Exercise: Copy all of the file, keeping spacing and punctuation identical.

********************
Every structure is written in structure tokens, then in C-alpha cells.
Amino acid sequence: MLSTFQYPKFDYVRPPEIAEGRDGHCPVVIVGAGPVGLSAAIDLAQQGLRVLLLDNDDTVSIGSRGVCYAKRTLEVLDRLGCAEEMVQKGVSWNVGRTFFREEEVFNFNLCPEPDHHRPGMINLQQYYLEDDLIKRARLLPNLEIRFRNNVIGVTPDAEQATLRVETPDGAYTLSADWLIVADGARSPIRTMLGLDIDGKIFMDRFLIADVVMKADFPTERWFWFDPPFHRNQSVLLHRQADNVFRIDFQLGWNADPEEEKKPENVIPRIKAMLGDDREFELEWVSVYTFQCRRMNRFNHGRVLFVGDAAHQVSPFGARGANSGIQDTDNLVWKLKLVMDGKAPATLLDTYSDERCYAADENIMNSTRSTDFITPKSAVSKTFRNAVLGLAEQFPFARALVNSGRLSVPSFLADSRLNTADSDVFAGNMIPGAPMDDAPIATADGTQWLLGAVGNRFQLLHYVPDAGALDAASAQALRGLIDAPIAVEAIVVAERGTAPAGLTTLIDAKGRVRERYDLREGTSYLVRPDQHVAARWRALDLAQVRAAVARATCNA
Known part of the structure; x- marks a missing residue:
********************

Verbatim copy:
Every structure is written in structure tokens, then in C-alpha cells.
Amino acid sequence: MLSTFQYPKFDYVRPPEIAEGRDGHCPVVIVGAGPVGLSAAIDLAQQGLRVLLLDNDDTVSIGSRGVCYAKRTLEVLDRLGCAEEMVQKGVSWNVGRTFFREEEVFNFNLCPEPDHHRPGMINLQQYYLEDDLIKRARLLPNLEIRFRNNVIGVTPDAEQATLRVETPDGAYTLSADWLIVADGARSPIRTMLGLDIDGKIFMDRFLIADVVMKADFPTERWFWFDPPFHRNQSVLLHRQADNVFRIDFQLGWNADPEEEKKPENVIPRIKAMLGDDREFELEWVSVYTFQCRRMNRFNHGRVLFVGDAAHQVSPFGARGANSGIQDTDNLVWKLKLVMDGKAPATLLDTYSDERCYAADENIMNSTRSTDFITPKSAVSKTFRNAVLGLAEQFPFARALVNSGRLSVPSFLADSRLNTADSDVFAGNMIPGAPMDDAPIATADGTQWLLGAVGNRFQLLHYVPDAGALDAASAQALRGLIDAPIAVEAIVVAERGTAPAGLTTLIDAKGRVRERYDLREGTSYLVRPDQHVAARWRALDLAQVRAAVARATCNA
Known part of the structure; x- marks a missing residue: